So, are these relationships in times of Covid-19?

Sunday May 10 2020

 

By Raymond Tamale

The last time I went out with Justine, it was clear that things were not right between us.
It was Friday, April 24, and the only reason I was even free to see her that day was because a party I had organized was postponed due to fears of the coronavirus.
Earlier that day I had told my boss that I was no longer comfortable taking the taxi at rush hour and so would prefer to work from home. But as a freelance Journalist, I’ve always preferred to work from home. It didn’t exactly feel like a sacrifice.
There was a vague idea to chat with Justine but it did not involve going out because my brother would soon be returning home. Thus, I told Justine we could meet since she stays relatively close to my place.

I got a table at Chicken Tonight in Kabalagala. This was before the city was under a lockdown, so some places were still open. Justine is the first person I’ve dated since I decided to end my longtime relationship with my previous girlfriend a little over a year ago.
Earlier on in this relationship, she told me she was interested in something long-term and in theory, I wanted the same. But truth I wasn’t in a hurry it feels like I am still getting over my relationship.

Harder on return
So, it was fine ignoring some things about Justine, especially those I didn’t like. Many can easily be dismissed, such as, picking calls during date nights or texting while I’m talking to her. Before we would see each other every weekends though this changed to once in two weeks.
When we would meet, I would feel like she was rushing to a level of intimacy that was uncomfortable for me. But I also wanted to enjoy our time together. I didn’t want to suddenly be plunged into a long-distance relationship in the same country.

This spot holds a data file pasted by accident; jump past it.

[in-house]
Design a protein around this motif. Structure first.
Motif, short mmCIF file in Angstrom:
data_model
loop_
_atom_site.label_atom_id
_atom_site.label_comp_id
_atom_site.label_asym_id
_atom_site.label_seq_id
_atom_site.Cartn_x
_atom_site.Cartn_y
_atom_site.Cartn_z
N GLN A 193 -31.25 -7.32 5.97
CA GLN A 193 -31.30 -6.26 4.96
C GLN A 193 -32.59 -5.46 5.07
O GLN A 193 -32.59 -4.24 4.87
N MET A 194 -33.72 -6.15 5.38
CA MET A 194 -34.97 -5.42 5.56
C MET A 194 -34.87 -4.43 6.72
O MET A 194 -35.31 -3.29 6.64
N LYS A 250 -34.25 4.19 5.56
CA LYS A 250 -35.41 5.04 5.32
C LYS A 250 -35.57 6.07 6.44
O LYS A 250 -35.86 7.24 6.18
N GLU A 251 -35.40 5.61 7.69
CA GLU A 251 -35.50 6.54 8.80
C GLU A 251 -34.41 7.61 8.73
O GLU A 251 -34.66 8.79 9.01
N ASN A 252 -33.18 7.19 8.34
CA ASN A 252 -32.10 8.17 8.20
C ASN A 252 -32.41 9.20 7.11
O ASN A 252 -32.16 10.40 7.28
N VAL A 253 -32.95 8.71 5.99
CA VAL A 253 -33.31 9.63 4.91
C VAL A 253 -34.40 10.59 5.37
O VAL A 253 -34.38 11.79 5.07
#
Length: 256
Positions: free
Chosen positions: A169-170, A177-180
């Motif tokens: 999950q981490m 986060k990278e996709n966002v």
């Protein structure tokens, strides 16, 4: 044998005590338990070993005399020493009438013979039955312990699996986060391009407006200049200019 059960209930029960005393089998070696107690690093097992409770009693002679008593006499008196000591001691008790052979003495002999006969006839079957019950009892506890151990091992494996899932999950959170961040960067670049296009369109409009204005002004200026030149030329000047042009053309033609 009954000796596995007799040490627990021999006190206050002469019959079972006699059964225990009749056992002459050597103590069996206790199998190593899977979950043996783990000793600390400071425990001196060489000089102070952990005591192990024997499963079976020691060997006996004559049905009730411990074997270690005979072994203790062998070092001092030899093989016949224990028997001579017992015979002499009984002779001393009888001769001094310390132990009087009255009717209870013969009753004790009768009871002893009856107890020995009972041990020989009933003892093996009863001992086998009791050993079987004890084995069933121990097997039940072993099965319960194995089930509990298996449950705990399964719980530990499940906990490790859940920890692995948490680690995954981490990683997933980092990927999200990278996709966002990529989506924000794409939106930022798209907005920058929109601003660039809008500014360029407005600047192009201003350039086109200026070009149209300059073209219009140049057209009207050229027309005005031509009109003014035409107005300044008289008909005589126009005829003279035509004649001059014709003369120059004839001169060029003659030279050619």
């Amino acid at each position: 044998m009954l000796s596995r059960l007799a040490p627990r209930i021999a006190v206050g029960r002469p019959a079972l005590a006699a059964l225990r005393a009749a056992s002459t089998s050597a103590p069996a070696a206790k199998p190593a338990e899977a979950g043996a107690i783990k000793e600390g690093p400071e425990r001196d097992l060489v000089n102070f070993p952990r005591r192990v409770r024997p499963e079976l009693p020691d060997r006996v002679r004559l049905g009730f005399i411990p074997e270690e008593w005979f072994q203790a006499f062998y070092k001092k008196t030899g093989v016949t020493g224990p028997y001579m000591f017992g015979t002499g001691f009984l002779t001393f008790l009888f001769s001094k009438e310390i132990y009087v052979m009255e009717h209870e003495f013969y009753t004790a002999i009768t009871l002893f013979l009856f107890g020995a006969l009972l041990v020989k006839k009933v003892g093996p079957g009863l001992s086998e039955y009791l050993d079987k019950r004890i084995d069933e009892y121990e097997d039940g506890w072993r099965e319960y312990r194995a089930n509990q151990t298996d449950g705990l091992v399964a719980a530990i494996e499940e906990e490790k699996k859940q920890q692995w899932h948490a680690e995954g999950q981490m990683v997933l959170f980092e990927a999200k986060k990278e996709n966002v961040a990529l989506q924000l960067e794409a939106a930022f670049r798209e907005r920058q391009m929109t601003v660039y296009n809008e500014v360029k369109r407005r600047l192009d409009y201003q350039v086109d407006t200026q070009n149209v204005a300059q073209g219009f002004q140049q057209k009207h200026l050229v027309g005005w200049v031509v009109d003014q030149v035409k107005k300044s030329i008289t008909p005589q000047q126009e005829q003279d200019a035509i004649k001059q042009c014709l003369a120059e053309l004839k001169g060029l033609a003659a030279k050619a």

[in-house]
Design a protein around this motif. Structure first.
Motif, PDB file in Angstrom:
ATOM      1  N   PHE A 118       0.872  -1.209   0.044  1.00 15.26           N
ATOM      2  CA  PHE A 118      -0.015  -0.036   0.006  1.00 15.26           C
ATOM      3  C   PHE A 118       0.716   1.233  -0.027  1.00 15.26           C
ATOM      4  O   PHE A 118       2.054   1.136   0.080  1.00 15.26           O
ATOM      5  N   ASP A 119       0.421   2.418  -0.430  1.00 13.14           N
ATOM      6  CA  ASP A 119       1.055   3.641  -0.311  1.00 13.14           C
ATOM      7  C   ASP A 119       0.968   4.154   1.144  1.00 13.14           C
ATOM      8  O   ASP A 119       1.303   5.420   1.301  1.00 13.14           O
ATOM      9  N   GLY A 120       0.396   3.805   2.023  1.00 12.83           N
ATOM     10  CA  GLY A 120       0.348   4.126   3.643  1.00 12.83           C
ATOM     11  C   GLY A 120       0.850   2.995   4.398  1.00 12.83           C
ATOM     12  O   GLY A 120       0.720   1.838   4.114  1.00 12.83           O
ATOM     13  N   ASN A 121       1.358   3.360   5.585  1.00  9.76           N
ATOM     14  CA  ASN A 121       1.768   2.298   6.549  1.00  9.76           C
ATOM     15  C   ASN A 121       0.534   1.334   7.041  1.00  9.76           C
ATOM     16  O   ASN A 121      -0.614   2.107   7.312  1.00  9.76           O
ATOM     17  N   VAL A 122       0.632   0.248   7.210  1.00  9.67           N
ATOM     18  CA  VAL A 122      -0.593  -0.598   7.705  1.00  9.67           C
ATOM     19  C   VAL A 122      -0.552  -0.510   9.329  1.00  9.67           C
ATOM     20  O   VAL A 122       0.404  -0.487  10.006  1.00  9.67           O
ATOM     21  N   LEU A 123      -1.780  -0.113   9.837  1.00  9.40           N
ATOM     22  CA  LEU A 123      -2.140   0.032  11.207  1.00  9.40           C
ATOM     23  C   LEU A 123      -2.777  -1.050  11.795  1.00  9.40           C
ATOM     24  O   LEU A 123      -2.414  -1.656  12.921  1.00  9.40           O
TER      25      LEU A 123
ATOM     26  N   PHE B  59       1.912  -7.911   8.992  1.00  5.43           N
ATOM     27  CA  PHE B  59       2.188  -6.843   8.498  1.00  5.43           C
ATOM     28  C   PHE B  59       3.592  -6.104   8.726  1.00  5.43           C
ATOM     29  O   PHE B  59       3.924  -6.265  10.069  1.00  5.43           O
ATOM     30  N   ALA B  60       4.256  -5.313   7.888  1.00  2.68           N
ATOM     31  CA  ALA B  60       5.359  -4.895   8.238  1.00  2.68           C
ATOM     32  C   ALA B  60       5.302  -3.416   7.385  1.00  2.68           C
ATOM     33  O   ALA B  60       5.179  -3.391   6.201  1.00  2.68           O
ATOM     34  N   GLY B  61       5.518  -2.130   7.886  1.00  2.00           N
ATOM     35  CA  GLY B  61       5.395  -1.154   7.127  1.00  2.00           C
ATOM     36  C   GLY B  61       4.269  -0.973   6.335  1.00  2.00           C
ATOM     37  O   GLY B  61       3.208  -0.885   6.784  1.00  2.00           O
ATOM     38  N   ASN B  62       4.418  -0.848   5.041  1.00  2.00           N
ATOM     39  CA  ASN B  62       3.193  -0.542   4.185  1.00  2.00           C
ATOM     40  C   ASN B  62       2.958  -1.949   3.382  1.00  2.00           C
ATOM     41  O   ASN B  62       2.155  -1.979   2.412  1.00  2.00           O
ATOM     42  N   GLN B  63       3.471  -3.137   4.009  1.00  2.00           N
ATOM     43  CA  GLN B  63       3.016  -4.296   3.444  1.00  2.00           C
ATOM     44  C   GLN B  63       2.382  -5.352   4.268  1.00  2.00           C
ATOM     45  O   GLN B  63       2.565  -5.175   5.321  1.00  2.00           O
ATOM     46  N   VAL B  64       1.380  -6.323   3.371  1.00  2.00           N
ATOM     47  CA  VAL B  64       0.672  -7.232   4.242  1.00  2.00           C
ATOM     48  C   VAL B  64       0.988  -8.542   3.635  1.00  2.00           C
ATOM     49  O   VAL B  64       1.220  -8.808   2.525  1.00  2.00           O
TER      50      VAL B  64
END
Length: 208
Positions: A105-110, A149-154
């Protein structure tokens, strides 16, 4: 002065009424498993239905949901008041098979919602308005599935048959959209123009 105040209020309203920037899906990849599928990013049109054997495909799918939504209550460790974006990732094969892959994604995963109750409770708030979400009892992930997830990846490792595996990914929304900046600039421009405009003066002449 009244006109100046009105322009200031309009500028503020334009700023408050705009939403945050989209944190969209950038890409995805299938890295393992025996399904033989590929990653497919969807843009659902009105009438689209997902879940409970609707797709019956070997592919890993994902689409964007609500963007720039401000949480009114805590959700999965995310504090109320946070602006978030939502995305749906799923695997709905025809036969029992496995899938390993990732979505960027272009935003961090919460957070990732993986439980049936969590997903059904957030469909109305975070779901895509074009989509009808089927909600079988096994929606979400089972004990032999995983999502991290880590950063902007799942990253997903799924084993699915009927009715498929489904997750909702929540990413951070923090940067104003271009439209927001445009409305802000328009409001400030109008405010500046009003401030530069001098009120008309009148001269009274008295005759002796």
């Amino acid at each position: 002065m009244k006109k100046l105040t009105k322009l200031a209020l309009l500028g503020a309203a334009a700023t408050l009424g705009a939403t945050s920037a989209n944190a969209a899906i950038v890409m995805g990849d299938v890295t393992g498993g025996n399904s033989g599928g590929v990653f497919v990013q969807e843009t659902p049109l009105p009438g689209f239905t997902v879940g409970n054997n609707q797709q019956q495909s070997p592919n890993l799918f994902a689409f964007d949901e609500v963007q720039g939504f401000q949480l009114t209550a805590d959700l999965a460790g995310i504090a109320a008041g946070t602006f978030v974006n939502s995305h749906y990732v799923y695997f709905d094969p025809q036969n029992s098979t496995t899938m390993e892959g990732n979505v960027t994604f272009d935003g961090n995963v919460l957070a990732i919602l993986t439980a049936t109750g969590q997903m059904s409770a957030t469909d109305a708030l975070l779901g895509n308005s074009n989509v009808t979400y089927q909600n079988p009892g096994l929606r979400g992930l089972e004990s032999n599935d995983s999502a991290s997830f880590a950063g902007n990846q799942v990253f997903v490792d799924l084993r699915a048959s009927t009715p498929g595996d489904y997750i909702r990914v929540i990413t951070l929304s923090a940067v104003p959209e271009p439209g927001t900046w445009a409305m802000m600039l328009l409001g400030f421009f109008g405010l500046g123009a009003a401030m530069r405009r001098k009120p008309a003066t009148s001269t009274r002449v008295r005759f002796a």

In regards to Justine, I always asked myself if I was still interested in the relationship, and my mind always said yes.
With Covid-19 in the picture, I no longer have to fend the unwanted intimacy, since we have to socially distance. The social distance has reduced our ability to connect and I don’t know for how long we may hold this together.
For a long time, relationships have depended so much on the physical connection, at times that kiss, hug or pat on the back is a source of happiness. The last time I met Justine was March 30, we stayed six feet apart.

Drifting apart
We have been apart and times she doesn’t pick calls or even reply texts.
I’ve spent the last few weeks struggling with this new reality. I think amidst all that is going on, we should still be able to lean on each other.
I know she is not busy, like the rest of us, she’s home.
But where does that leave us?
Nowhere great. People like Justine seem eager to have the kind of define-the-relationship conversations now more than ever, yet the other side of the story may be thinking of pausing and taking things slow.
In such times, with few of us assured of a job after all this is done, you are always cautious before making emotional commitments.

Love in Covid-19 times
With many people still losing jobs and money, it would only be fair if they get through the storm at least as a couple.
Yet, many young couples are struggling to keep their relationships afloat, some have gone an extra mile to walk to their partners, hire rides or even risk using boda bodas but the question is how many road blocks will you be able to go through just to get to those you love and for how long?
Many have since resorted to technology and mobile applications for aid but these too get boring at one point.
I would suggest we hang in there until this storm weathers and collect the pieces that have remained of our relationships.

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Distancing
The dating game is rather dependent on people meeting in person. The COVID-19 pandemic ought therefore to be detrimental to the lucrative online dating business. Yet the opposite appears to be the case so far.
Users of Tinder, one of the world’s most popular online dating platforms, have been greeted by an unusual message on the app in recent days.
“Social distancing doesn’t have to mean disconnecting,” it begins. “We hope to be a place for connection during this challenging time, but it’s important to stress that now is not the time to meet in real life with your match. Please keep things here for now.”
As human instincts go, the desire to form connections with other people, particularly of a romantic nature, is surely stronger than most.
Will global restrictions on movement and interaction slow the rate at which new relationships are formed?

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